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This week sees the end of the academic year for all of SHU Racing's student members, which only means one thing... its building time! With the charge through to July on, the team now has the task of bringing all the car's components together and setting sites on an initial shake down. Read on to find out about the past fortnight's developments as the younger years lead the build.



As we bring the cars components together and enter the rolling chassis phase, one of the team's top sponsors, BG Engineering, bring their expert machining contribution to the car's progress. Tasked with machining a suite of components, SHU Racing worked with the machining team at BG Engineering to simplify parts, making them fit in easier with the outfits manufacturing capacity. This type of part alteration translates into a much more available component when applying it to the commercial viability of the car, a factor the team's engineers have to consider and present to the judges at FS UK.

Included in the component listing are the team's new computationally verified brake disks, water jet cut from 420 Stainless steel and faced off to ensure precise running within the wheel assembly. Following feedback from 2018's designers and the judges at Silverstone, the team knew they had to perform thermal analysis on the brake disc to show their appropriateness for the race conditions. The finalised design included 184 face holes, all their to serve the purpose of heat dissipation, good braking performance and low rotational mass.

This year's suspension bell cranks, or 'rockers', have also come machined from BG Engineering. The new 2019 rockers move away form Titanium used previously, relying on more representable load path analysis to allow the use of 7000 series aluminium, a more commercially available grade. Pairing with precision needle roller bearings from SCHAEFFLER, the front and rear rockers are designed as mono-piece components and utilise simply machined additional parts which ensure the rockers rotate freely regardless of the clamping force.

The final piece of machining is the newly designed injector housing, set to replace the historically used OEM component direct from the standard KTM Engine. The simplified part removes unnecessary features from the stock unit whilst retaining crucial geometry to ensure air flow into the unit and fuel injection is consistent with the original part.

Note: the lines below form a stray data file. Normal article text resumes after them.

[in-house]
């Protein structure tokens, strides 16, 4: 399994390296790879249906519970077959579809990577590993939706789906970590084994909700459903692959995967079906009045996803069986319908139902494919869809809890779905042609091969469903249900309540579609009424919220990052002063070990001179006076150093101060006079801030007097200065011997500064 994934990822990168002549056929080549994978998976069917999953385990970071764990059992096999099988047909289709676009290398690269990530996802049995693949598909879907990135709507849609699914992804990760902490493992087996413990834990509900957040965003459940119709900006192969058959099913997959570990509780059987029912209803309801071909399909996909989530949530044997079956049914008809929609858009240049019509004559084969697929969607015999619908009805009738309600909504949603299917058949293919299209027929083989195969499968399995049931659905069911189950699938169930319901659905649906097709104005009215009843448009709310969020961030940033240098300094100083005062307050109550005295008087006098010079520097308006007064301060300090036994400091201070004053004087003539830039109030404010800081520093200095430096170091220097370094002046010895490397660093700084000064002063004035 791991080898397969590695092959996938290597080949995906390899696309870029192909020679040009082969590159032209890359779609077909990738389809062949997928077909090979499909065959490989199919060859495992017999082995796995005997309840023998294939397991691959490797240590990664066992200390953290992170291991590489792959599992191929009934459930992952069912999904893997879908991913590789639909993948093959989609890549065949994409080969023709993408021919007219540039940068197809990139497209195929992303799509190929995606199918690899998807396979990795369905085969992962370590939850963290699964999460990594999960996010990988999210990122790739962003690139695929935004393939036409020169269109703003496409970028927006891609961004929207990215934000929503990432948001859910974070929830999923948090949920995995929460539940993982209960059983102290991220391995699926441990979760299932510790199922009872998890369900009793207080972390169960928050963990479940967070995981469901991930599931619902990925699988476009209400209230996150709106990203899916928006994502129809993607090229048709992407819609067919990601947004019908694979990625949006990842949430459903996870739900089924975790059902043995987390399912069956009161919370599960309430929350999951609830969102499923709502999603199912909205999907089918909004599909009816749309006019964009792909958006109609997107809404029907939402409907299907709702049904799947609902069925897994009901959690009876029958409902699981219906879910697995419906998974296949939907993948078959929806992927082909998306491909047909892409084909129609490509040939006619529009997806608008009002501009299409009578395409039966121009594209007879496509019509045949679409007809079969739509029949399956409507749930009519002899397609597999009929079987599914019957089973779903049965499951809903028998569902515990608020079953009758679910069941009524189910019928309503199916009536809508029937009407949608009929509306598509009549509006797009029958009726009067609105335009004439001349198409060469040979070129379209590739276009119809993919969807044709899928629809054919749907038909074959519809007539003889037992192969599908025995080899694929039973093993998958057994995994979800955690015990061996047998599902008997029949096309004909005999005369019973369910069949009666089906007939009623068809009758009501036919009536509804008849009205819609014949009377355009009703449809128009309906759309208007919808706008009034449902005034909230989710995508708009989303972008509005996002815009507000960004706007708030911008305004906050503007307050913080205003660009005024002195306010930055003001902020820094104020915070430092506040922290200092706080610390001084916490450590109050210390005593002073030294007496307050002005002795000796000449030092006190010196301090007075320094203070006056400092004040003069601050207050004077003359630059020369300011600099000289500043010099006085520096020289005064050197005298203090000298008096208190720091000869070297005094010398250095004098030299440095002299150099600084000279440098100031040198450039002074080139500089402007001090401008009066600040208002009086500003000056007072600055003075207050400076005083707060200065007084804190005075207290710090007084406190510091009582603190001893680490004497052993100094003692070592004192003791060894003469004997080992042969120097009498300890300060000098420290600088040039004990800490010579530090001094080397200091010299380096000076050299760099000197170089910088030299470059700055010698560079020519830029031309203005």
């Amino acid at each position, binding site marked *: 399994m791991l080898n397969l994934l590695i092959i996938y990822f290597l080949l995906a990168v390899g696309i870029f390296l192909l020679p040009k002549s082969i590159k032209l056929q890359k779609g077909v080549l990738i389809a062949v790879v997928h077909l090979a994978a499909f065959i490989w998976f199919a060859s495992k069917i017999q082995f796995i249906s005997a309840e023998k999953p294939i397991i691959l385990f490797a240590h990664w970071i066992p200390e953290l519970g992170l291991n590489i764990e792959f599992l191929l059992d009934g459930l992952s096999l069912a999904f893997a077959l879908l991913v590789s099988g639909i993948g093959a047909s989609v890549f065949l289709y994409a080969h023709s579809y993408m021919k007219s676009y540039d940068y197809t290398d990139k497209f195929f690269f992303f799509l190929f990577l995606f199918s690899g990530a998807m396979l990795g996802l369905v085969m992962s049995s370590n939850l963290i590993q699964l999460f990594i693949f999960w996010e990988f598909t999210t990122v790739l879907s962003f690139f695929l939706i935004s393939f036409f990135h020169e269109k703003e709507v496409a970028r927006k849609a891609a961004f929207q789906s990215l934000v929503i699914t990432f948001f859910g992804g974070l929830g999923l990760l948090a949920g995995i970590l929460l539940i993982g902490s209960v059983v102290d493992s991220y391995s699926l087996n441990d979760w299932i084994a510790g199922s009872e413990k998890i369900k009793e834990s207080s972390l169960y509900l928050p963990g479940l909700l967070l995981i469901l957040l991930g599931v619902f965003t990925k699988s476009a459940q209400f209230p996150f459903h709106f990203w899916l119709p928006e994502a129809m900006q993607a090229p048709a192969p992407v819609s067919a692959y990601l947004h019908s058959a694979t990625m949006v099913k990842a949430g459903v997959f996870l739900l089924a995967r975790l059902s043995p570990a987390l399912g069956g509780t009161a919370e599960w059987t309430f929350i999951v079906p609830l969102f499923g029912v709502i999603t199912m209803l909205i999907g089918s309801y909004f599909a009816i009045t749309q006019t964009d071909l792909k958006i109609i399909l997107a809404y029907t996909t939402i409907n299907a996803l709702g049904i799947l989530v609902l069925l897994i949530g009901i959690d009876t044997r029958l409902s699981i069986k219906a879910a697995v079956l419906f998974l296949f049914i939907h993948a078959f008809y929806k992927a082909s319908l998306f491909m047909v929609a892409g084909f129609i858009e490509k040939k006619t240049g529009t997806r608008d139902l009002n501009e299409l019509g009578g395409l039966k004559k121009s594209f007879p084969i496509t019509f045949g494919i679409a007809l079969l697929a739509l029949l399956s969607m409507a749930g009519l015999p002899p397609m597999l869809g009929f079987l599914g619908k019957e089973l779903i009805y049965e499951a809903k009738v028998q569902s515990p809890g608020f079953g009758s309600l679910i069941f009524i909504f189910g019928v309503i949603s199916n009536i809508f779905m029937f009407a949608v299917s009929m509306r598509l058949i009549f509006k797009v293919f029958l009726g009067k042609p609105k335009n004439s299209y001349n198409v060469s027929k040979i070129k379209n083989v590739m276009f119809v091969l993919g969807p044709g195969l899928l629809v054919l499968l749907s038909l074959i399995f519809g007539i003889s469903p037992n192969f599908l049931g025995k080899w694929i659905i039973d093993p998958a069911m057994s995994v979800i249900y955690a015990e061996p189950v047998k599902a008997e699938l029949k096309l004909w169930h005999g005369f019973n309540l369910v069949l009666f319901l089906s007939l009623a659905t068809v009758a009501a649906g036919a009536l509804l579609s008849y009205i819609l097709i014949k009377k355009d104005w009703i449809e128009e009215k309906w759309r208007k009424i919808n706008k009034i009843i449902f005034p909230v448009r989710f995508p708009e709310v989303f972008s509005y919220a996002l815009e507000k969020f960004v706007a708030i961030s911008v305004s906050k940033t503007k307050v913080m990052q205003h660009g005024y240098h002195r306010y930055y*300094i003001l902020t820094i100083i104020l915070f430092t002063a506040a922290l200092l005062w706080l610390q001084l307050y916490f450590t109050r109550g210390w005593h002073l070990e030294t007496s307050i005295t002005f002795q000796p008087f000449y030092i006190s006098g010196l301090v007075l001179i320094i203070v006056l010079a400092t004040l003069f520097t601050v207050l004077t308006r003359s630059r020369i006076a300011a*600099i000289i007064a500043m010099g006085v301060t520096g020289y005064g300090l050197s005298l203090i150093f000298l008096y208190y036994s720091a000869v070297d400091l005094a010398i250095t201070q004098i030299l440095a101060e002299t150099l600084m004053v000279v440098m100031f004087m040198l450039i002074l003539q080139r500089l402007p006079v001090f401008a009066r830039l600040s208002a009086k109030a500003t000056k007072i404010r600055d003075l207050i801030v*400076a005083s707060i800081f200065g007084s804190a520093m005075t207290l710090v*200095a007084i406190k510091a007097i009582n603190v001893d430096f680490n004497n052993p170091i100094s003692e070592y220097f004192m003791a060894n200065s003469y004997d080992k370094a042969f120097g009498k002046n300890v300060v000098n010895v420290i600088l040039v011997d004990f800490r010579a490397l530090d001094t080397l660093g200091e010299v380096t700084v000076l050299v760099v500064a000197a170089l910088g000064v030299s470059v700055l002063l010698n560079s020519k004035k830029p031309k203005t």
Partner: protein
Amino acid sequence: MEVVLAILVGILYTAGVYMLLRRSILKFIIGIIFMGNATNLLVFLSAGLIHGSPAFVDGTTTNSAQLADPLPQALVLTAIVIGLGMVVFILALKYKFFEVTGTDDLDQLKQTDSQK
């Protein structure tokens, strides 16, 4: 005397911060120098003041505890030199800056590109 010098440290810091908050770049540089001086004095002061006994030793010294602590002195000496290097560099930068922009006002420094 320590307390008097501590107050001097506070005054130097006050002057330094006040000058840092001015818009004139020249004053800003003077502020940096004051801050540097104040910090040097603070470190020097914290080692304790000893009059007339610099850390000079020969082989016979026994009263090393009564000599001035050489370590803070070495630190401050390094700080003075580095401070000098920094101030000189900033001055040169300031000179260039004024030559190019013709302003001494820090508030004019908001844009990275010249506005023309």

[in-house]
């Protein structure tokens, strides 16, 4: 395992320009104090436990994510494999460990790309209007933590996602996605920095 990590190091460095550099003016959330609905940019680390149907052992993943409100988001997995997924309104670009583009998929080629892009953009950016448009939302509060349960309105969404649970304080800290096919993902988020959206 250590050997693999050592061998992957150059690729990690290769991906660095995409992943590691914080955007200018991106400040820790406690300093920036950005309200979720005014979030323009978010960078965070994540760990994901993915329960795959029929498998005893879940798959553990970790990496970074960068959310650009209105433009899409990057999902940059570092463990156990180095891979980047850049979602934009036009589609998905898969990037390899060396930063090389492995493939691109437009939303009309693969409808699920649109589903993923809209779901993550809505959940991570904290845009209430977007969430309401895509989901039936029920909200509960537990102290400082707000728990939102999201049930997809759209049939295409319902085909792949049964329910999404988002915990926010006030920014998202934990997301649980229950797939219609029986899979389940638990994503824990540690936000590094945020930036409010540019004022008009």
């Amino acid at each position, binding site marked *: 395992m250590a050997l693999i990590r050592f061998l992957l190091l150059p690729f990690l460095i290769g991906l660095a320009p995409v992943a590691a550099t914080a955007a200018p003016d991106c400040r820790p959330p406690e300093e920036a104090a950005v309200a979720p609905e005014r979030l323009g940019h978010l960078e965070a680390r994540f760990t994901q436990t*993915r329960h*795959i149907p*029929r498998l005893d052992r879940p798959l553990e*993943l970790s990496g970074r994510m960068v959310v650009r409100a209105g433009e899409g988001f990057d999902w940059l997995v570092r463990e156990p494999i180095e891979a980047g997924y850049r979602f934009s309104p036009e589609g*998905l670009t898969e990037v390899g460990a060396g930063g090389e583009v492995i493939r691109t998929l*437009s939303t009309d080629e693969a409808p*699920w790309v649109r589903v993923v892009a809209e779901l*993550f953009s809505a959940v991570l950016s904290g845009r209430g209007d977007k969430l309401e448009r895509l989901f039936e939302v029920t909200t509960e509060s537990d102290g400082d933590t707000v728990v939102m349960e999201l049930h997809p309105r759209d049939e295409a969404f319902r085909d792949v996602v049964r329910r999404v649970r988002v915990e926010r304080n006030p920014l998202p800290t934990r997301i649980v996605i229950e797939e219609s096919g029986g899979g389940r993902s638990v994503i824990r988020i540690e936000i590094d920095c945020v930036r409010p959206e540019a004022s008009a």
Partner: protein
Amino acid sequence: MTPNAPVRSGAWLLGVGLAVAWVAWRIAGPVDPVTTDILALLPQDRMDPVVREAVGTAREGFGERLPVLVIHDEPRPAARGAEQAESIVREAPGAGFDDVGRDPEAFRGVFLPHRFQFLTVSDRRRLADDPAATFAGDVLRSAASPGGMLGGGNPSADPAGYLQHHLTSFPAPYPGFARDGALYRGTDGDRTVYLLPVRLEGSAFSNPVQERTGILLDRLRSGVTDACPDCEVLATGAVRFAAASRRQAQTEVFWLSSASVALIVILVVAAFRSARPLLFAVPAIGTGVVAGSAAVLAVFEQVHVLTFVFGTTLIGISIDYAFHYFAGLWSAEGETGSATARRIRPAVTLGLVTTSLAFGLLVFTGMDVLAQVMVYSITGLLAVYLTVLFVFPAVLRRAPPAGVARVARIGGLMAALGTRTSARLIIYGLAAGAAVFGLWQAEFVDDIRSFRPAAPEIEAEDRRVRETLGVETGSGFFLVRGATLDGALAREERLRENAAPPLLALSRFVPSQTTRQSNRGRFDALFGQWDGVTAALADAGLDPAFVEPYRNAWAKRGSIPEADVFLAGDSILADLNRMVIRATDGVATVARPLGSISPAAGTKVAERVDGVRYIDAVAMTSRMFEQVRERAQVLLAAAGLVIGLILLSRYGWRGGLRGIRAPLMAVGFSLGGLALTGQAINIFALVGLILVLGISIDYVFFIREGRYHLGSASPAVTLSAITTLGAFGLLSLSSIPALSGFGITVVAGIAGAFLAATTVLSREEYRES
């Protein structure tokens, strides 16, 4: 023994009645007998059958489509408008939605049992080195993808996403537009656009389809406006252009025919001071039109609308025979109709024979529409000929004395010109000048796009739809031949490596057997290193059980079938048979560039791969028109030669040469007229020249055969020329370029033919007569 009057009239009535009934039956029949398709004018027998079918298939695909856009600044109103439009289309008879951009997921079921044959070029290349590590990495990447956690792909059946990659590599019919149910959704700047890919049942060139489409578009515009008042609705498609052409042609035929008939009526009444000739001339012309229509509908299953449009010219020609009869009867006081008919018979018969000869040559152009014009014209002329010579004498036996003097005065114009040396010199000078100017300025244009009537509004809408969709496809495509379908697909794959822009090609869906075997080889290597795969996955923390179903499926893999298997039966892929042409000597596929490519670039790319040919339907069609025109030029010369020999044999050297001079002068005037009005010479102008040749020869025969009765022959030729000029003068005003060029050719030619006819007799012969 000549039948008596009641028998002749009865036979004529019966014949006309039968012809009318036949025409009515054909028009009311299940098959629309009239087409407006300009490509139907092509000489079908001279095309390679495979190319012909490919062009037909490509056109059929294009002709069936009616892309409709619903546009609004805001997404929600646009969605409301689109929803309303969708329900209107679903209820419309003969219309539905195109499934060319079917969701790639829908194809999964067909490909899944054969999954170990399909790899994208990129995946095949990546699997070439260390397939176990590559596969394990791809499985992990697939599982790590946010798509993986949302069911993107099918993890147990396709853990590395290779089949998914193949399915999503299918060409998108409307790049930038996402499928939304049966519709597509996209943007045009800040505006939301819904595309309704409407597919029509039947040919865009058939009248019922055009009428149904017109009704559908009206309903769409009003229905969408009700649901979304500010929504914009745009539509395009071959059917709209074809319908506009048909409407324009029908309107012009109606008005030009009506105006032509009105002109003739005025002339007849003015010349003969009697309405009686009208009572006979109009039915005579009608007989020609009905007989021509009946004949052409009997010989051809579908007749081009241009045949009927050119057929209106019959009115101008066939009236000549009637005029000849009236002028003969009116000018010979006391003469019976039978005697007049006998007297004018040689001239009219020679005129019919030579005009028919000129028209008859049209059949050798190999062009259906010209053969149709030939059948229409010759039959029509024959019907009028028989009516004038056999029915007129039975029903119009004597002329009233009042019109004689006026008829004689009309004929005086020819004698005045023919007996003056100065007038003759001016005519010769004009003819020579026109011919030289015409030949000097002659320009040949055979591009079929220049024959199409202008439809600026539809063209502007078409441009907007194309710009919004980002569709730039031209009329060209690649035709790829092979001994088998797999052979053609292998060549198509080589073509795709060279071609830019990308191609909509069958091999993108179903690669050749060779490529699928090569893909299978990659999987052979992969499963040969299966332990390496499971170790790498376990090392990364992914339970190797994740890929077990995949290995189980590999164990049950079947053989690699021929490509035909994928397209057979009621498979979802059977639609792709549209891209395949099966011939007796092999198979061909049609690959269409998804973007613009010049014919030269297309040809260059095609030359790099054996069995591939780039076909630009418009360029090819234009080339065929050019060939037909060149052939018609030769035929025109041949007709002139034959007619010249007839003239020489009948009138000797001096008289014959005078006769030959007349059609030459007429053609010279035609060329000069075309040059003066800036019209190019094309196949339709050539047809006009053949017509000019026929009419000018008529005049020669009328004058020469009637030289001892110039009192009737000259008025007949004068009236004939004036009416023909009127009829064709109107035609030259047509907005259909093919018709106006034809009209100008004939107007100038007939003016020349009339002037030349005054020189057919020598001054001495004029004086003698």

SHU Racing would like to thank BG Engineering for their continued commitment to the team and the Engineering field, and look forward to representing their brand at FSUK 2019.



With all in-wheel components machined and ready, the WHUBS (Wheel, Hubs, Uprights and Brakes) manager, Samuel Seabrooke, had the chance to assemble the front and rear units and contribute his technical section to the progression towards a rolling car.

The part-topologicaly optimised Uprights, machined in-house from 7050 Aluminium, focus on Design for Assembly (DfA) and overall assembly simplicity. The 50% reduced part count within the entire assembly has reduced the per-corner mass by 0.963kg, a vital saving when considering the reactive performance of the mating suspension and wheel systems.

Once again applying Schaeffler's precision bearings, the new assemblies use rubber sealed Angular contact bearings, reducing mass and improving service life of the rotational system.



To enable the new mono-piece Uprights, the wishbone suspension system required a new method of adjustment so that the vehicle's handling characteristics can be set up to suit the track. With any new system type, verification is required to assess its structural performance and behaviour under average and peak loads.

Using Sheffield Hallam's testing facilities, the lower wishbone structure was set up to simulate behaviour under both peak braking load and more crucially to vehicle handling, deflections under cornering. Subjecting the system to fully reversed bending, R= -1, the load case was simultaneously submitted to forces experienced as if the vehicle was manoeuvring left and right corners. The peak brake force simulates the suitability to withstand the loads experienced under an emergency stopping manoeuvre.

Having clocked up the cycles and ultimately subjected the structure to failure, all parameters of the system performed exemplary, deflecting at rates within 5% of the values simulated in computational analysis and only failing at a load 4x the theoretical maximum.

It is this type of testing that the team aim to amplify when being judged by the Engineering Scrutineers come FSUK 2019.

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